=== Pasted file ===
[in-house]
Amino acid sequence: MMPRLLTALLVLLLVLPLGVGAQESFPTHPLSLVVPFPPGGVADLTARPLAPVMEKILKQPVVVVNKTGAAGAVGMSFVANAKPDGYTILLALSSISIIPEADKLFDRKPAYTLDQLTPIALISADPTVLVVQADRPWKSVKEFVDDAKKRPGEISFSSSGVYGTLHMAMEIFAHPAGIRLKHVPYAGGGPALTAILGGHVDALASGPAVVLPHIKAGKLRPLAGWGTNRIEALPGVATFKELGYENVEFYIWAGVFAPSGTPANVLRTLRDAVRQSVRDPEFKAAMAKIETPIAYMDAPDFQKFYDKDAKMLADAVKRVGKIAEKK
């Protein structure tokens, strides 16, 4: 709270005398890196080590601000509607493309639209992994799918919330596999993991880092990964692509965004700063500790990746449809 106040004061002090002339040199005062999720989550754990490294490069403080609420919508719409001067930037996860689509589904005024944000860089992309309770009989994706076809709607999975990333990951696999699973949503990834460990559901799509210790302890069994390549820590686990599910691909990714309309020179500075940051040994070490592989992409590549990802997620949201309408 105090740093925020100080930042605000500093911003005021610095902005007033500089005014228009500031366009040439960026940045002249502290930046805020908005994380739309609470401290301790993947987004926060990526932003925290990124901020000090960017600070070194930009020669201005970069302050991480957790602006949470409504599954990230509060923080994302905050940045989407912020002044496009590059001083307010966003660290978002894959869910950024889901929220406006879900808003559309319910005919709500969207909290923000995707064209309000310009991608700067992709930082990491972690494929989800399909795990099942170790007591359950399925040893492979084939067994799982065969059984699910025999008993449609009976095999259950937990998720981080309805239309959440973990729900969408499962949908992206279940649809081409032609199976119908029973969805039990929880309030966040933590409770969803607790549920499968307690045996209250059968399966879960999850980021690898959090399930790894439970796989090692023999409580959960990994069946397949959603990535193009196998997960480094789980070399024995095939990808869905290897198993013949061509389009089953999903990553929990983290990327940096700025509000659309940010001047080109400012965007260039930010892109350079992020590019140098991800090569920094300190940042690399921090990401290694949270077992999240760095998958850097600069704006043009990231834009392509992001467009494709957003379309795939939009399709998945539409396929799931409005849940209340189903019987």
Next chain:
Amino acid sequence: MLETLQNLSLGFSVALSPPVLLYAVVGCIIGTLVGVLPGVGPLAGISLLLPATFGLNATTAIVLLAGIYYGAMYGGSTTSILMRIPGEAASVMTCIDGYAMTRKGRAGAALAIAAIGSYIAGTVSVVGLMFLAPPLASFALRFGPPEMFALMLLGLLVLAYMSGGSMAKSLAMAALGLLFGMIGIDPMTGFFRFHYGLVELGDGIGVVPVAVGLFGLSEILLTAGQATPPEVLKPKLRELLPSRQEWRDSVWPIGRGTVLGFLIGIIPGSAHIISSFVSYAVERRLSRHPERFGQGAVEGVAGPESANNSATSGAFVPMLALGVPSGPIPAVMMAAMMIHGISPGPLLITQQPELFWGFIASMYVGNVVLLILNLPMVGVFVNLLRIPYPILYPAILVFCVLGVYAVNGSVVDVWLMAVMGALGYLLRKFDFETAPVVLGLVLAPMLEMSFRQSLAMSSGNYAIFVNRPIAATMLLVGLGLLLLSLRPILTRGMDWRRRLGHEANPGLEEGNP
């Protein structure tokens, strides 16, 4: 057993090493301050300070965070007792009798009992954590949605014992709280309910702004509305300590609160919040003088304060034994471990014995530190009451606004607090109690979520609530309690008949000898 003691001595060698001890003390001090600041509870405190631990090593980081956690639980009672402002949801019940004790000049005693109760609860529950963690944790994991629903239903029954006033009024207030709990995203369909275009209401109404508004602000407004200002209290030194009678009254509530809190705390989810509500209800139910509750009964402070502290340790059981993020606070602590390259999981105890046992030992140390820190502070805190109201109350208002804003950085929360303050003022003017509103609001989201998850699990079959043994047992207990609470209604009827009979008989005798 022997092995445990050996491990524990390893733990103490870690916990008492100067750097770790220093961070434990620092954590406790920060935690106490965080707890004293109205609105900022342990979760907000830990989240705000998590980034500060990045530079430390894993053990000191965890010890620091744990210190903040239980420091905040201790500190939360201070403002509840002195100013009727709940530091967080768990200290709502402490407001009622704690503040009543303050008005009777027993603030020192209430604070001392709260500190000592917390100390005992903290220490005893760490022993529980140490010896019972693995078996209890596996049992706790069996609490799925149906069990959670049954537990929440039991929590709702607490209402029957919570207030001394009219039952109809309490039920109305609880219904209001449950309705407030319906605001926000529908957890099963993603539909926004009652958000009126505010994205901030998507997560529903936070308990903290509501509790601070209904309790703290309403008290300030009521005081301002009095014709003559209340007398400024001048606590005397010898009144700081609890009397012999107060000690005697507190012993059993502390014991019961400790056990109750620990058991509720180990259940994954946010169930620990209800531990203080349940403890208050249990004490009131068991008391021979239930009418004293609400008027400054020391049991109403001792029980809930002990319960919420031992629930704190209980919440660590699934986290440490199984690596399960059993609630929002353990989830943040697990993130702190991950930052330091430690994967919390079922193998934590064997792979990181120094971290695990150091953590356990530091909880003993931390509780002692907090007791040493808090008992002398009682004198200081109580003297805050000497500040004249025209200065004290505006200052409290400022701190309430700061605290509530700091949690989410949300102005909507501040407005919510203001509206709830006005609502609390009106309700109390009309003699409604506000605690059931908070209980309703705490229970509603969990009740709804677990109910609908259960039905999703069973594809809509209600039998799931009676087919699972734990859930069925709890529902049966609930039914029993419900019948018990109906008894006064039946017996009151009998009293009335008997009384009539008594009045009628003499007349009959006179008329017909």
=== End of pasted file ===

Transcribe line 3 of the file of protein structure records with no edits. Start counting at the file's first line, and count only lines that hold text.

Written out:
């Protein structure tokens, strides 16, 4: 709270005398890196080590601000509607493309639209992994799918919330596999993991880092990964692509965004700063500790990746449809 106040004061002090002339040199005062999720989550754990490294490069403080609420919508719409001067930037996860689509589904005024944000860089992309309770009989994706076809709607999975990333990951696999699973949503990834460990559901799509210790302890069994390549820590686990599910691909990714309309020179500075940051040994070490592989992409590549990802997620949201309408 105090740093925020100080930042605000500093911003005021610095902005007033500089005014228009500031366009040439960026940045002249502290930046805020908005994380739309609470401290301790993947987004926060990526932003925290990124901020000090960017600070070194930009020669201005970069302050991480957790602006949470409504599954990230509060923080994302905050940045989407912020002044496009590059001083307010966003660290978002894959869910950024889901929220406006879900808003559309319910005919709500969207909290923000995707064209309000310009991608700067992709930082990491972690494929989800399909795990099942170790007591359950399925040893492979084939067994799982065969059984699910025999008993449609009976095999259950937990998720981080309805239309959440973990729900969408499962949908992206279940649809081409032609199976119908029973969805039990929880309030966040933590409770969803607790549920499968307690045996209250059968399966879960999850980021690898959090399930790894439970796989090692023999409580959960990994069946397949959603990535193009196998997960480094789980070399024995095939990808869905290897198993013949061509389009089953999903990553929990983290990327940096700025509000659309940010001047080109400012965007260039930010892109350079992020590019140098991800090569920094300190940042690399921090990401290694949270077992999240760095998958850097600069704006043009990231834009392509992001467009494709957003379309795939939009399709998945539409396929799931409005849940209340189903019987």